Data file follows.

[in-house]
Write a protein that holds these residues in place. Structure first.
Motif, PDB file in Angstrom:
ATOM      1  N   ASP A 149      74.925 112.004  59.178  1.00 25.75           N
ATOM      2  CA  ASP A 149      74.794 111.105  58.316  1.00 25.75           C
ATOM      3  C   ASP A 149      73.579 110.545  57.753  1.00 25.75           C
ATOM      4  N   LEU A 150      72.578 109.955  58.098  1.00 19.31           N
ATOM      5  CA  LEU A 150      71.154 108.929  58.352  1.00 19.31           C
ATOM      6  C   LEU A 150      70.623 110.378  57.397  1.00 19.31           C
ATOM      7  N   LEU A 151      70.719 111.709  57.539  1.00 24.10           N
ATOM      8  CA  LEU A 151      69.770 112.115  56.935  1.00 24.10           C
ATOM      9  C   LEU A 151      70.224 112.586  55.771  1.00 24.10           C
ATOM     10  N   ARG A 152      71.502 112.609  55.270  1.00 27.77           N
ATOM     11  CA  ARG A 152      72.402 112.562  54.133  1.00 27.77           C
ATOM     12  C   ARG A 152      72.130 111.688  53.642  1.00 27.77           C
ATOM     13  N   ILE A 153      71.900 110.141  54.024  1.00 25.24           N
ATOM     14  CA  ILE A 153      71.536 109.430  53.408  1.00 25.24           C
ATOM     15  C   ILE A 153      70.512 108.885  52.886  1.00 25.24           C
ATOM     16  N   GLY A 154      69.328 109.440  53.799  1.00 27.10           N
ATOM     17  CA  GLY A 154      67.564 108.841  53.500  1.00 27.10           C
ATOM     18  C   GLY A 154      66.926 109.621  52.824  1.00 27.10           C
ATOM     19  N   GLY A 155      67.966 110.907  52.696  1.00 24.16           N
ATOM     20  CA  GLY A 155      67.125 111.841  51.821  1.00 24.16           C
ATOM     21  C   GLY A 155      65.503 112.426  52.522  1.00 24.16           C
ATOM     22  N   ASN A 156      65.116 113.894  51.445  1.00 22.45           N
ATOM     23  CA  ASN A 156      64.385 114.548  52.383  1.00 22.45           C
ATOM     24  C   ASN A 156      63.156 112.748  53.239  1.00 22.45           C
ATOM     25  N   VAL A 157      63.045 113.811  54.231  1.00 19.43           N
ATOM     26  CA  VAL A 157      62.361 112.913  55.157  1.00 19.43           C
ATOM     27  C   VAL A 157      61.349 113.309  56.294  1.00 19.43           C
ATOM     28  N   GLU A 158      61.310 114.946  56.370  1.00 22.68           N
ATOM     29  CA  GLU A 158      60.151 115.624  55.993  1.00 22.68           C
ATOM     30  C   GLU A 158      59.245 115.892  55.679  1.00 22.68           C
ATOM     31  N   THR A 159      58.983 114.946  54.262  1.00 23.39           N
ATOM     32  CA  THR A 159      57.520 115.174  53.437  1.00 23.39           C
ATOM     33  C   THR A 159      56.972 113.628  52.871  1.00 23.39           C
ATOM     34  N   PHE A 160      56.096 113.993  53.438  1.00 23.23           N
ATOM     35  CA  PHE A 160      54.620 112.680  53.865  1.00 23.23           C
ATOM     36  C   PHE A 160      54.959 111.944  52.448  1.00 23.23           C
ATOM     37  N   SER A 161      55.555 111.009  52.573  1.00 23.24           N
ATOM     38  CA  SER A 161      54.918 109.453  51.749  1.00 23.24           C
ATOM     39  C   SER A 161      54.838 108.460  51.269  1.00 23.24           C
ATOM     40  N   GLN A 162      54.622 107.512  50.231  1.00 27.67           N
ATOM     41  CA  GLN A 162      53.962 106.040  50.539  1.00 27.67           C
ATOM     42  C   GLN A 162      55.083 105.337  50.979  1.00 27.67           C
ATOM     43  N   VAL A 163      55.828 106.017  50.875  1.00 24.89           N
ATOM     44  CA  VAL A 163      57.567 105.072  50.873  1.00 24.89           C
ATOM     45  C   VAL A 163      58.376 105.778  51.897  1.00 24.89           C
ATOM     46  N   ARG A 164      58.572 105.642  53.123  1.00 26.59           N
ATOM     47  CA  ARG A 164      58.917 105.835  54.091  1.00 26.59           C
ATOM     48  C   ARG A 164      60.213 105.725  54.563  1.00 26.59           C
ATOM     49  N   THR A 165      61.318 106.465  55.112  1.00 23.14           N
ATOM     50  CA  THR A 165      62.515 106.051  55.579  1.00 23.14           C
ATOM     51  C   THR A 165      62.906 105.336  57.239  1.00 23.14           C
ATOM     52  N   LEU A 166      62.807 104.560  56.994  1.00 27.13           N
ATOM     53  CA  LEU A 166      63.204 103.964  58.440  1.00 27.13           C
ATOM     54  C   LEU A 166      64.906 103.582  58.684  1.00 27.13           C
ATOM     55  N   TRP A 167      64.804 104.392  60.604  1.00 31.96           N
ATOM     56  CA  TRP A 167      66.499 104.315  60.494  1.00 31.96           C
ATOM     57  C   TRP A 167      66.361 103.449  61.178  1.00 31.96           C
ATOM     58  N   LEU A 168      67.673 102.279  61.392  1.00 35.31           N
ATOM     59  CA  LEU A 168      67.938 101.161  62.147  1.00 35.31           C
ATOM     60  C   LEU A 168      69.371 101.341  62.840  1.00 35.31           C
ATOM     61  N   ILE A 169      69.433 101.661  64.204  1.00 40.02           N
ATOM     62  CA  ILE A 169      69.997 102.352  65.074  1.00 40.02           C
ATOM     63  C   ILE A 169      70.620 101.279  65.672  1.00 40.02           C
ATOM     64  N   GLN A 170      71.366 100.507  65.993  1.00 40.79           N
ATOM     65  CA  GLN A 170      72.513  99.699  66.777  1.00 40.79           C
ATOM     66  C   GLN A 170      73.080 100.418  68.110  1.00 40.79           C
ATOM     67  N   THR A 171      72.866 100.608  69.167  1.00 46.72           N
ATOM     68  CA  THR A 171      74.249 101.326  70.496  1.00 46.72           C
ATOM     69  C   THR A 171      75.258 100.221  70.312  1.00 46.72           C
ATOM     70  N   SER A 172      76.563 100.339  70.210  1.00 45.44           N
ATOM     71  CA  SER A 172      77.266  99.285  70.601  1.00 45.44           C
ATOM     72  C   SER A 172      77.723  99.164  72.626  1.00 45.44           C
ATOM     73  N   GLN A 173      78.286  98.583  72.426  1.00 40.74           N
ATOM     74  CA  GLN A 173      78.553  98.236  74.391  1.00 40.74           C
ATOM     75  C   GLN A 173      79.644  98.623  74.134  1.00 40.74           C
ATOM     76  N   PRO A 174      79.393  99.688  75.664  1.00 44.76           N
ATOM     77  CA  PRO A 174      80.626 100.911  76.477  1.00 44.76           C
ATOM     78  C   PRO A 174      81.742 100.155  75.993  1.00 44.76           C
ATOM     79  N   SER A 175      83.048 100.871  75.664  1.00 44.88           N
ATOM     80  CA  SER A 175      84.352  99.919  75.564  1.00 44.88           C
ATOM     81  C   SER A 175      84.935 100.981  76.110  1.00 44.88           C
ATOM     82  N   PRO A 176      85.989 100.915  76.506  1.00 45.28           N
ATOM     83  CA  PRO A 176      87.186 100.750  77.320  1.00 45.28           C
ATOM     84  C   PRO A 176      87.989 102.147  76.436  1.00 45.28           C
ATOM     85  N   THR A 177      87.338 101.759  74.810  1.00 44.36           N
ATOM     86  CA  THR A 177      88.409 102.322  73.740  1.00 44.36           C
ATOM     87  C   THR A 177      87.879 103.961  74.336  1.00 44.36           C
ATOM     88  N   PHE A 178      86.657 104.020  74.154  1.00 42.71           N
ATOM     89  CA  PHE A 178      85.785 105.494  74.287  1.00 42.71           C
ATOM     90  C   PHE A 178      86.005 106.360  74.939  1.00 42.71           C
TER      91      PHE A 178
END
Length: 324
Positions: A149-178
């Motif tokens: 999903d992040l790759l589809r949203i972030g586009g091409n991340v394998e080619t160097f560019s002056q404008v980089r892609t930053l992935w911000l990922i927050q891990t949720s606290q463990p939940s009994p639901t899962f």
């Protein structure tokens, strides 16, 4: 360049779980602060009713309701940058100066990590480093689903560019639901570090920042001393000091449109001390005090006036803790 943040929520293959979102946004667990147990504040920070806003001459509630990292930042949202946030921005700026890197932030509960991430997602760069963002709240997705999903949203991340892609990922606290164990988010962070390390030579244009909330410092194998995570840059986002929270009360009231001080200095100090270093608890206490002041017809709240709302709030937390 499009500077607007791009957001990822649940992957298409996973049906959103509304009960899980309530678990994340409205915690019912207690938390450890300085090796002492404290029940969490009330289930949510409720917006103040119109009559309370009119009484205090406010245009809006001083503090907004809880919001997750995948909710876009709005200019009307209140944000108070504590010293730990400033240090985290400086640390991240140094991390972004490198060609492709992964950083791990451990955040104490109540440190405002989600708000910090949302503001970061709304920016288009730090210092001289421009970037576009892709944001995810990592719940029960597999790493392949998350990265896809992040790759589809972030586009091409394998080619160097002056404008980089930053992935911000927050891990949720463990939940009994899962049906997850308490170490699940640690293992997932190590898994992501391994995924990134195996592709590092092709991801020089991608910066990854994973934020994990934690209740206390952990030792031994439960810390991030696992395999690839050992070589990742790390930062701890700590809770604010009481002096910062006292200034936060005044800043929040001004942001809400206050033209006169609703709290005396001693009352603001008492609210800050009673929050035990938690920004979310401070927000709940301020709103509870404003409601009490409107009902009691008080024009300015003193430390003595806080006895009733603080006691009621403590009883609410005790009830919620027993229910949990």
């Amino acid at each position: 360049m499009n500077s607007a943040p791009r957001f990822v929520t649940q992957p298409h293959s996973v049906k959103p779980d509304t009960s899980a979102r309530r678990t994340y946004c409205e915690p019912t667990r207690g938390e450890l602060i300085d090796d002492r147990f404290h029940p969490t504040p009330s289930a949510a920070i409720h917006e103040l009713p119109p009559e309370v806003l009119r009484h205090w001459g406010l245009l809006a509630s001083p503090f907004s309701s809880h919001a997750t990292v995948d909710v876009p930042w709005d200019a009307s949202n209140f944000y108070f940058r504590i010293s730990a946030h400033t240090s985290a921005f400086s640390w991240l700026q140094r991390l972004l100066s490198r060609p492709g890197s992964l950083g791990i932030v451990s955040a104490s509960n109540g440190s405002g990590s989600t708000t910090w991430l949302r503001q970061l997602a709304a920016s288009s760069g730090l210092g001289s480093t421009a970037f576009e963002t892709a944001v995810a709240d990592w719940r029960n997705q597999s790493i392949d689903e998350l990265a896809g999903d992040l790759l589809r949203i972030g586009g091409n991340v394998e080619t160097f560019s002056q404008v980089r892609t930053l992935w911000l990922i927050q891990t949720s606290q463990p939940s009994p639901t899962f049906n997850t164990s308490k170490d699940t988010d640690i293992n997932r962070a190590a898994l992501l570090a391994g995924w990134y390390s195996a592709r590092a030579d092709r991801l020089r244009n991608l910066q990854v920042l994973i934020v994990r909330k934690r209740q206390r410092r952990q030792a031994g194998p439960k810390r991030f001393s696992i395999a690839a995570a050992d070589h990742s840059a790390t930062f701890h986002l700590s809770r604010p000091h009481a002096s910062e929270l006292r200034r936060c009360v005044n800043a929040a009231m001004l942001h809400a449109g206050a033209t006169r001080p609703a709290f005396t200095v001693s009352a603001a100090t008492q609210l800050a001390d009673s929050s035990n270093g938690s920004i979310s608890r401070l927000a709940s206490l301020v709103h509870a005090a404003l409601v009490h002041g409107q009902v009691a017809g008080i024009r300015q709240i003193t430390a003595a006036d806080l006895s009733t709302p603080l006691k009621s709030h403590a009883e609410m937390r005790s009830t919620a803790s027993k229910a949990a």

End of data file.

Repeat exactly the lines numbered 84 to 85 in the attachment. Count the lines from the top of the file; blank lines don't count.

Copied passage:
ATOM     81  C   SER A 175      84.935 100.981  76.110  1.00 44.88           C
ATOM     82  N   PRO A 176      85.989 100.915  76.506  1.00 45.28           N